Rehearsing Is A Dangerous Idea On Camera

Directors and casting directors can tell if an actor’s self-tape audition took the actor a couple of takes or many. The way they can tell is whether the scene and the actor look well rehearsed. Rehearsing for camera is dangerous because it’s very difficult for the well rehearsed actor to fool the camera into thinking something spontaneous is happening. We’ve all heard the phrase “You can’t lie to the camera”.

Over-rehearsing can also be problematic on set. Actors tend to think about scenes as a whole instead of a collection of pieces. Filmmaking is the process of creating pieces which will be put together into a whole. It’s the art of creating the individual steps of a journey separately and assembling them in editing in order to create the illusion of a complete journey taking place uninterrupted from beginning to end. The well rehearsed actor has a harder time creating in pieces. By rehearsing a scene in its entirety over and over again, the actor can become dependent on playing the whole scene in order to play any piece of it well.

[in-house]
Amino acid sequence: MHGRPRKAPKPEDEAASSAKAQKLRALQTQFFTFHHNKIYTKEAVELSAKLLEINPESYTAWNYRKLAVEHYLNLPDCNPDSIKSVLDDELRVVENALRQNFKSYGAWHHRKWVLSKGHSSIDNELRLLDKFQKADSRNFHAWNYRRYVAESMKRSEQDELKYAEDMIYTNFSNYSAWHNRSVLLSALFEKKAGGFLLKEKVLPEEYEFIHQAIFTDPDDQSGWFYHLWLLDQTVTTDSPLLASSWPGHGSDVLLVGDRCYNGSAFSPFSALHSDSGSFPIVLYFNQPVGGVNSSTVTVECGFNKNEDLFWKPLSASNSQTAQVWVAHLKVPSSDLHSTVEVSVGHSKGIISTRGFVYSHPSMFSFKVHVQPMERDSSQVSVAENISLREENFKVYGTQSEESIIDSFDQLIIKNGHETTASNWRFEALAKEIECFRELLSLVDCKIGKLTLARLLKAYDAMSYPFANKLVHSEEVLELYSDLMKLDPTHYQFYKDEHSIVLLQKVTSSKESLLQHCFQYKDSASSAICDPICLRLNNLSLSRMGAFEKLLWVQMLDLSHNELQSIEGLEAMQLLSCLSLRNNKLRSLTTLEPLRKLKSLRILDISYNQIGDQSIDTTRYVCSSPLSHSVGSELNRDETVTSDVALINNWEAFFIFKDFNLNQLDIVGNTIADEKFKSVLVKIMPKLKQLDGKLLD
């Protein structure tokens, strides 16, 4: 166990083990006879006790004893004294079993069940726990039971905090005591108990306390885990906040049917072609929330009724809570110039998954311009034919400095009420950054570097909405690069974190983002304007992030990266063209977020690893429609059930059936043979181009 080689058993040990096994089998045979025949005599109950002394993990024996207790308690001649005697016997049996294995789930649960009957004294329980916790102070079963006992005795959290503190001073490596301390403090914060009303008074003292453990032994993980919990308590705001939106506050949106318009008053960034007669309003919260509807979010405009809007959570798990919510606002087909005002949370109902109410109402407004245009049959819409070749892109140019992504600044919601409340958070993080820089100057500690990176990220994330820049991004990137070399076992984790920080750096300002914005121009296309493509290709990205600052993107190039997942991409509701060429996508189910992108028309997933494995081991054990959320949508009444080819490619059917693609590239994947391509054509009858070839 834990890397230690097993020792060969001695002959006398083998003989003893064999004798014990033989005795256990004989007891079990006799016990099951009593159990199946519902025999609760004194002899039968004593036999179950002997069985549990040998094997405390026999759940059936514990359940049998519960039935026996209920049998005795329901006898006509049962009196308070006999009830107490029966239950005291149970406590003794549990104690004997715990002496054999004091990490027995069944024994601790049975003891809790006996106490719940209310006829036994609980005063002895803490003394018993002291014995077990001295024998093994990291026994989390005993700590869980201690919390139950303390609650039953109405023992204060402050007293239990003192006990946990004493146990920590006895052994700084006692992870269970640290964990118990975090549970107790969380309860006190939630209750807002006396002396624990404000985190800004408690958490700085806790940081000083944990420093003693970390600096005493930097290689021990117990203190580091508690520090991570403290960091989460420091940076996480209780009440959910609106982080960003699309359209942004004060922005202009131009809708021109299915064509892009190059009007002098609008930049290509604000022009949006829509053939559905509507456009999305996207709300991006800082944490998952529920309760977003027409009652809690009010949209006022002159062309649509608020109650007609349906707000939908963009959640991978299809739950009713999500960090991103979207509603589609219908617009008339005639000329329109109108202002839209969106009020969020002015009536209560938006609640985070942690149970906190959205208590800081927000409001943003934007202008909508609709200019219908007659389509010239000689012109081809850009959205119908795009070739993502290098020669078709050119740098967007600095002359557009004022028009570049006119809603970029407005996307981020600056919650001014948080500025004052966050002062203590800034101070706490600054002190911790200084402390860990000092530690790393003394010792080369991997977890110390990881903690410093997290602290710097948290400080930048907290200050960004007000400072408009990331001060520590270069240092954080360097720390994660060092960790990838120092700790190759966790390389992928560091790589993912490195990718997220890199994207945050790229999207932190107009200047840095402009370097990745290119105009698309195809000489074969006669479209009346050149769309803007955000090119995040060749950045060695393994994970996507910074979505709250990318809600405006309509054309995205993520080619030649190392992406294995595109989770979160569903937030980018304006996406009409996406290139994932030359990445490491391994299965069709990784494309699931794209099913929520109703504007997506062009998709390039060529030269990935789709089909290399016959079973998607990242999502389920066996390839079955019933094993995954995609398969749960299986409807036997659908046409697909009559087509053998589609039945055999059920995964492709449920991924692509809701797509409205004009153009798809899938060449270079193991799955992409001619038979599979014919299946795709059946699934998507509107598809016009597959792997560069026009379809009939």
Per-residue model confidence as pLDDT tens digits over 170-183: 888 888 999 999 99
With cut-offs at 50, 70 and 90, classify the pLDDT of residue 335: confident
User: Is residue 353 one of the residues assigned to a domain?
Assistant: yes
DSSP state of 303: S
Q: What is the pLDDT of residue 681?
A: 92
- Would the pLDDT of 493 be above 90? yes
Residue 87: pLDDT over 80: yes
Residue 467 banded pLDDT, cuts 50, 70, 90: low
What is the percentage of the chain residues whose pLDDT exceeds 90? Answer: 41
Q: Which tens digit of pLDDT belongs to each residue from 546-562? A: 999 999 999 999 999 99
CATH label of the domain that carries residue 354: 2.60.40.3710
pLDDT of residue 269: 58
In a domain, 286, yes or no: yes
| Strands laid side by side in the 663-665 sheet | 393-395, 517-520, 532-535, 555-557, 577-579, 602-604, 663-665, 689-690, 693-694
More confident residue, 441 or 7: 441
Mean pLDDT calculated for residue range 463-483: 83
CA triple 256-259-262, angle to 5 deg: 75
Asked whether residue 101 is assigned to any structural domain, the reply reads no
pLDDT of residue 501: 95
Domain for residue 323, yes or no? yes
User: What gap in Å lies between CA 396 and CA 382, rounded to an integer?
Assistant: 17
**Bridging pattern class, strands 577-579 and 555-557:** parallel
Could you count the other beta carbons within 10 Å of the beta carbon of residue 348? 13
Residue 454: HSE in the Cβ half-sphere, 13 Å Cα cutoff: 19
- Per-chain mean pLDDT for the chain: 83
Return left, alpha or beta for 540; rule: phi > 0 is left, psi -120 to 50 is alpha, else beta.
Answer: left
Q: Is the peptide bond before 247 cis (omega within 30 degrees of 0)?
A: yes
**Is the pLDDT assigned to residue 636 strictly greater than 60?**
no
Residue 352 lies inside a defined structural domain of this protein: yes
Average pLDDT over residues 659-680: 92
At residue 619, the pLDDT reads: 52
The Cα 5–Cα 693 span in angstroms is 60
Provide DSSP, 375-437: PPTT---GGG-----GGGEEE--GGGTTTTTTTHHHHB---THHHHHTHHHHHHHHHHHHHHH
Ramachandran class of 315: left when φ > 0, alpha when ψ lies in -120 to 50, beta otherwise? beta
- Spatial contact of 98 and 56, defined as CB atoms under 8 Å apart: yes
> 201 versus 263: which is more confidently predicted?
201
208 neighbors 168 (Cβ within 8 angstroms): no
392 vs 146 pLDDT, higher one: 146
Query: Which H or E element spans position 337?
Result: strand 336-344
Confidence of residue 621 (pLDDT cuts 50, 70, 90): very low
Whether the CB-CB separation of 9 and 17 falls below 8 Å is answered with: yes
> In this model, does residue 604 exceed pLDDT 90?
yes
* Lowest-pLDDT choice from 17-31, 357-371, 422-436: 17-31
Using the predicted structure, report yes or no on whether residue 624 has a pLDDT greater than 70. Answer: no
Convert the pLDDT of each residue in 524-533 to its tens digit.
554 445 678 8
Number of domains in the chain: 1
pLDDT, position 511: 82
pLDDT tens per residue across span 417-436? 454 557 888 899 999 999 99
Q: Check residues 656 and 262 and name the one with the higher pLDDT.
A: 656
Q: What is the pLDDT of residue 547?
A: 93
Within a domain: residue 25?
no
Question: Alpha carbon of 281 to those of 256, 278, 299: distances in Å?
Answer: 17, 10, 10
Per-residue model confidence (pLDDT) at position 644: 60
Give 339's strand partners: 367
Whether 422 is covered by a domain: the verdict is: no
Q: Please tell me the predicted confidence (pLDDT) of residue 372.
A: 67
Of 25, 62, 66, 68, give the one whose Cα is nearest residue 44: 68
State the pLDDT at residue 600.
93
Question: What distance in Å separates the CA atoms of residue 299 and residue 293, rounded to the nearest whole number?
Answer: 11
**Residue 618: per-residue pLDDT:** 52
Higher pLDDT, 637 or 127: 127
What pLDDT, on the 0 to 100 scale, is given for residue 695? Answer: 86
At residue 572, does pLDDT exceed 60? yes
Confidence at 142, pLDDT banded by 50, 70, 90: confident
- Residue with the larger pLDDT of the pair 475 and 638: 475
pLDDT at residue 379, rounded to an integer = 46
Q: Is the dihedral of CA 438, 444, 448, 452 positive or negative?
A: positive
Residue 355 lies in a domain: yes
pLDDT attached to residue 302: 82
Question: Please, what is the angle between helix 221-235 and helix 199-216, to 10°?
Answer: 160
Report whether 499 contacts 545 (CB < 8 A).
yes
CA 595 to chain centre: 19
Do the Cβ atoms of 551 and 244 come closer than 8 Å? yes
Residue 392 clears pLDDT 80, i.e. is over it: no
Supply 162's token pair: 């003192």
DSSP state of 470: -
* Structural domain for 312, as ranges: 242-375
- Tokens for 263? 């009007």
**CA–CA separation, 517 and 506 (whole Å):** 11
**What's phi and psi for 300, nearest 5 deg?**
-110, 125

How do you accomplish anything great on camera when rehearsing is so dangerous?  The answer is by creating and playing characters and not scenes.  The actor’s process teaches the actor that she or he already is the character and that great acting comes from how well the actor plays individual moments. On camera, great acting comes from maintaining a clearly defined character whose inner thoughts and emotions are spontaneous. When it comes to auditions, self-tape or otherwise, the biggest mistake actors make is ignoring the character description or character breakdown in favor of exploring the scene.